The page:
One of the most enjoyable times I spent in the cinema last year was watching the big-budget, star-studded, South Korean caper flick, The Thieves — where the energy, humour and all-round film-making smarts were a joy to experience.
Sold nearly everywhere as an Asian version of Hollywood’s Oceans franchise – well, that’s called marketing. As I saw it, The Thieves was a surprisingly effective counterpoint to the lethargic, middle-aged preening of director Soderbergh and his precious stars.
A nifty theft of a priceless ornament from a highly secure vault marks the beginning of the movie. It’s here we’re introduced to most of the cast, a team of truly talented scammers and safe-crackers. In particular we meet Yenicall (Gianna Jun), a supple and sexy cat burglar with a head for heights, who makes Catherine Zeta-Jones from Entrapment look like a senior citizen attempting Pilates.
In charge of the gang is Popie (Lee Jung-jae) whose organisational skills are often brought into question. They steal expensive loot but never seem to make much money from it. This causes tension amongst the group.
A legendary thief, Macao Park (Kim Yun-seok), brings the thieves a once-in-a-lifetime chance at a big score: to steal a ten million dollar diamond from a Chinese gangster and sell it back to him for twenty million dollars. The avaricious Popie accepts on the spot telling Macao Park “This gang specialises in miracles”.
But there are strings attached: the Koreans have to work with a Hong Kong gang led by the smooth talking Chen (Simon Yam), who has access to and knowledge of the Macau-based gangster and target, Wei Hong. An uneasy alliance is formed based purely on greed, but in secret both crews are plotting against each other.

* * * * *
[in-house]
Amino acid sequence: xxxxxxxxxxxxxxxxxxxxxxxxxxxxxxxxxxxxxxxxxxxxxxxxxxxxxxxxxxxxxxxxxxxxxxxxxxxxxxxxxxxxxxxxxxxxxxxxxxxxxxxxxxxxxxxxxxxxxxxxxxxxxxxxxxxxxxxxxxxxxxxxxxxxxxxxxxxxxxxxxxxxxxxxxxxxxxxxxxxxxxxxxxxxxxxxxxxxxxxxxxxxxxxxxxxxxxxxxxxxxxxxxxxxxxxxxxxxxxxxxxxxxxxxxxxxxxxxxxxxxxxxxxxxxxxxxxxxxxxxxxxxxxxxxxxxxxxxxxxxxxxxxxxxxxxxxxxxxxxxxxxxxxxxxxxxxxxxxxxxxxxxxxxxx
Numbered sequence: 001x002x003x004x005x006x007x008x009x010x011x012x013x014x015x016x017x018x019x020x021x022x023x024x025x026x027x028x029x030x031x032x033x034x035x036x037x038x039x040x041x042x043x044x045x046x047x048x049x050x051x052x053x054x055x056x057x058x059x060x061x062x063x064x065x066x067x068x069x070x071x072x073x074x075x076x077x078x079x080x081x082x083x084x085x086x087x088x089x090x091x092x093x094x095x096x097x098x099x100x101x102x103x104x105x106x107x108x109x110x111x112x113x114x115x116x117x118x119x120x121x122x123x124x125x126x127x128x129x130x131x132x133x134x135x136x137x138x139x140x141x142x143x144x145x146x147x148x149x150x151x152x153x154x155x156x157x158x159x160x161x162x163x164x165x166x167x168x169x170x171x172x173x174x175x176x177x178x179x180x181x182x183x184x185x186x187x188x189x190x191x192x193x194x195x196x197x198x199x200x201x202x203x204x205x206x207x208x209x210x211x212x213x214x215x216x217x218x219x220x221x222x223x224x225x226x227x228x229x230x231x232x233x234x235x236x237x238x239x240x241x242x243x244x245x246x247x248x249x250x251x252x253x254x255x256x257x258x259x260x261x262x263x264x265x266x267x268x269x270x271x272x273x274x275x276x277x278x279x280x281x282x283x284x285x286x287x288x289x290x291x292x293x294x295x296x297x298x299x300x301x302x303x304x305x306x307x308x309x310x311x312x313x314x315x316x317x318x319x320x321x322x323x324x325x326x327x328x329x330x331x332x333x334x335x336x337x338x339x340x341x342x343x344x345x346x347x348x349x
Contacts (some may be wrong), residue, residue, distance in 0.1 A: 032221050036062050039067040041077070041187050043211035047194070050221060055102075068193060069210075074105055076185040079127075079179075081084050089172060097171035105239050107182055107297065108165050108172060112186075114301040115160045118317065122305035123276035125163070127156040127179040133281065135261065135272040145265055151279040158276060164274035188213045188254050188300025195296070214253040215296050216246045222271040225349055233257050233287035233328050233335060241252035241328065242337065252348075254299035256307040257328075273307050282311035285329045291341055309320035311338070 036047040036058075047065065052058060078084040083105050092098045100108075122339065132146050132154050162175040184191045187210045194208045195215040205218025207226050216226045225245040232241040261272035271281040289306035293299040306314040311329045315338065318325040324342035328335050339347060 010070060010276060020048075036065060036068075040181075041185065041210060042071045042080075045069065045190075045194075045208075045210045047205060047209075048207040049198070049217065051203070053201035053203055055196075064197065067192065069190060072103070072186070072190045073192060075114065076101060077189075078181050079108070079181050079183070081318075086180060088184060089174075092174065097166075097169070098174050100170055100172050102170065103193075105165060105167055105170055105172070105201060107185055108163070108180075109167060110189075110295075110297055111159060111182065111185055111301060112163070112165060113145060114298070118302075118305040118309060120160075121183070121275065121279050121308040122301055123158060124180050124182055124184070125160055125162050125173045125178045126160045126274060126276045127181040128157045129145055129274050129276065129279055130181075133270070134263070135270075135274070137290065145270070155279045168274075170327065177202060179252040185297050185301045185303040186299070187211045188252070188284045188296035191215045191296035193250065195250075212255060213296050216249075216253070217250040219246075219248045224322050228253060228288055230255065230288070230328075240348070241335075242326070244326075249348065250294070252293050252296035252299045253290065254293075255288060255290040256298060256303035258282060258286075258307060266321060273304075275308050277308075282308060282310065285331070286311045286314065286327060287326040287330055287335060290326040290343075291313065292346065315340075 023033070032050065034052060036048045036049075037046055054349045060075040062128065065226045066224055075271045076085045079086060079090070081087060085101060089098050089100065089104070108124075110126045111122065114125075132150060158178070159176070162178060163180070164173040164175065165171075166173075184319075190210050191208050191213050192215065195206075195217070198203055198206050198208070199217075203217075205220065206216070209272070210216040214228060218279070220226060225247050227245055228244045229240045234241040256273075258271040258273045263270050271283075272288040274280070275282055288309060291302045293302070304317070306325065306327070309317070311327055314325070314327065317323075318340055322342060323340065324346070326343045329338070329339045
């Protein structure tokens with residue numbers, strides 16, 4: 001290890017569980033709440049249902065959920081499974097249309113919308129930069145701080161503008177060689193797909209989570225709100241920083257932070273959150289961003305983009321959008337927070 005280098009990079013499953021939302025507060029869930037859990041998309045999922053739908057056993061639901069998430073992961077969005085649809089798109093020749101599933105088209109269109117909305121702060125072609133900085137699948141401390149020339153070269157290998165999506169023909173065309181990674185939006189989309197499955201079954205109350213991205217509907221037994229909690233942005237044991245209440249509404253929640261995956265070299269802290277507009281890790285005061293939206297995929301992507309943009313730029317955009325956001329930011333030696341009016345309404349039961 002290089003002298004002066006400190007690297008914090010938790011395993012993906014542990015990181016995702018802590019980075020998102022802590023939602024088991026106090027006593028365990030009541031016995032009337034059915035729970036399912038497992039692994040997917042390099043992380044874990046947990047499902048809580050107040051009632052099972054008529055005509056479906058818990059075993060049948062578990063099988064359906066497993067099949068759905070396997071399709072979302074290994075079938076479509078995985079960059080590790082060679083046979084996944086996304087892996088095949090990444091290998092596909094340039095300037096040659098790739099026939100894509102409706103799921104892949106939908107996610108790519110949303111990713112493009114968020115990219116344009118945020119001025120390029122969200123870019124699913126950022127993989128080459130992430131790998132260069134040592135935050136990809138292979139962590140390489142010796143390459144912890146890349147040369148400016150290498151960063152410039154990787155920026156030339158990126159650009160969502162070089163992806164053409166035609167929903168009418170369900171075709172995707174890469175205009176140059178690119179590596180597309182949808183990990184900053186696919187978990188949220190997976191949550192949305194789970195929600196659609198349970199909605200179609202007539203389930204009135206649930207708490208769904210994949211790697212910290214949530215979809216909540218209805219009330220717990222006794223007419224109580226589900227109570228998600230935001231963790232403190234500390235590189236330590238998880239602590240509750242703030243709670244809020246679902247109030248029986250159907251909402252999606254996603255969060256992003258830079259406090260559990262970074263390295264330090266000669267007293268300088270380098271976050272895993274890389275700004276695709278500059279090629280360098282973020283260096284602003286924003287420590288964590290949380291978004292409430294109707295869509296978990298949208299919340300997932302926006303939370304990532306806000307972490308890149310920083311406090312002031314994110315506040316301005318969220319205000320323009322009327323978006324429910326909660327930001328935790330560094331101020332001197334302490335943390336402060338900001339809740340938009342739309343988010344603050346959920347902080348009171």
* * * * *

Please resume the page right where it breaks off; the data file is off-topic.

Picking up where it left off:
Director Choi Dong-hoon (Woochi) and co-writer Lee Gi-cheol avoid the traps inherent in the caper genre, which usually are a hopelessly convoluted script and too much focus on the actual robbery. They have produced a well paced screenplay with likeable and loatheable characters, plus some very funny and salty dialogue.
The robbery in Macau is carried out in an efficient and stylish manner and brought to the screen in all its color and excitement. A short sequence involving Chen trying to escape the authorities is a highlight of the movie – in the most unexpected way!
With a bruised and depleted gang returning to Korea and being pursued by triad assassins and the local police – desperate people are now making desperate decisions. Much of which comes together in the darkened hallways of a grubby apartment block in downtown Busan, where jewellery is exchanged and traitors unmasked. The storyline now centres on Macao Park who is trying to elude armed gangsters and machine gun carrying SWAT teams. In an amazing action sequence he abseils down the side of a tenement building narrowly avoiding gunfire from crims and cops on either side of him. It’s a magnificent blend of Die Hard and The Raid with the protagonist using flimsy flower boxes and unstable air conditioning units as shields from the seemingly endless bursts of automatic fire. To put it simply, this section of film is a masterclass in action choreography and movie editing.
It’s no surprise to me that The Thieves has become South Korea’s highest grossing film. It’s an extremely well made commercial movie that sets out to be an audience pleaser and achieves this end admirably.